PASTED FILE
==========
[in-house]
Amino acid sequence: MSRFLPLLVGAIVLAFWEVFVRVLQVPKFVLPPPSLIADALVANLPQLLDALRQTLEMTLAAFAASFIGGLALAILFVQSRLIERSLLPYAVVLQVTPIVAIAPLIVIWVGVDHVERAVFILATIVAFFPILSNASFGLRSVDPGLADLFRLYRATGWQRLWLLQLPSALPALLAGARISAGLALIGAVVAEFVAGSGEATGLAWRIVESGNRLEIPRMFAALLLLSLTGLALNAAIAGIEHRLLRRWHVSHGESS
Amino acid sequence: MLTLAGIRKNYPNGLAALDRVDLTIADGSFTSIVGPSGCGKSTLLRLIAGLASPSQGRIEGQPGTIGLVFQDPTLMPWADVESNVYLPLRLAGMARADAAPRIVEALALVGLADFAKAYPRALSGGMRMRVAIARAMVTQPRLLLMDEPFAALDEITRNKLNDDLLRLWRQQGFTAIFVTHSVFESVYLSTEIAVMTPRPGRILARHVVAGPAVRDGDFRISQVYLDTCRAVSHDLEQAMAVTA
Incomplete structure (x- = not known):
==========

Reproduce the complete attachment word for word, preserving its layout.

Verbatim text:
[in-house]
Amino acid sequence: MSRFLPLLVGAIVLAFWEVFVRVLQVPKFVLPPPSLIADALVANLPQLLDALRQTLEMTLAAFAASFIGGLALAILFVQSRLIERSLLPYAVVLQVTPIVAIAPLIVIWVGVDHVERAVFILATIVAFFPILSNASFGLRSVDPGLADLFRLYRATGWQRLWLLQLPSALPALLAGARISAGLALIGAVVAEFVAGSGEATGLAWRIVESGNRLEIPRMFAALLLLSLTGLALNAAIAGIEHRLLRRWHVSHGESS
Amino acid sequence: MLTLAGIRKNYPNGLAALDRVDLTIADGSFTSIVGPSGCGKSTLLRLIAGLASPSQGRIEGQPGTIGLVFQDPTLMPWADVESNVYLPLRLAGMARADAAPRIVEALALVGLADFAKAYPRALSGGMRMRVAIARAMVTQPRLLLMDEPFAALDEITRNKLNDDLLRLWRQQGFTAIFVTHSVFESVYLSTEIAVMTPRPGRILARHVVAGPAVRDGDFRISQVYLDTCRAVSHDLEQAMAVTA
Incomplete structure (x- = not known):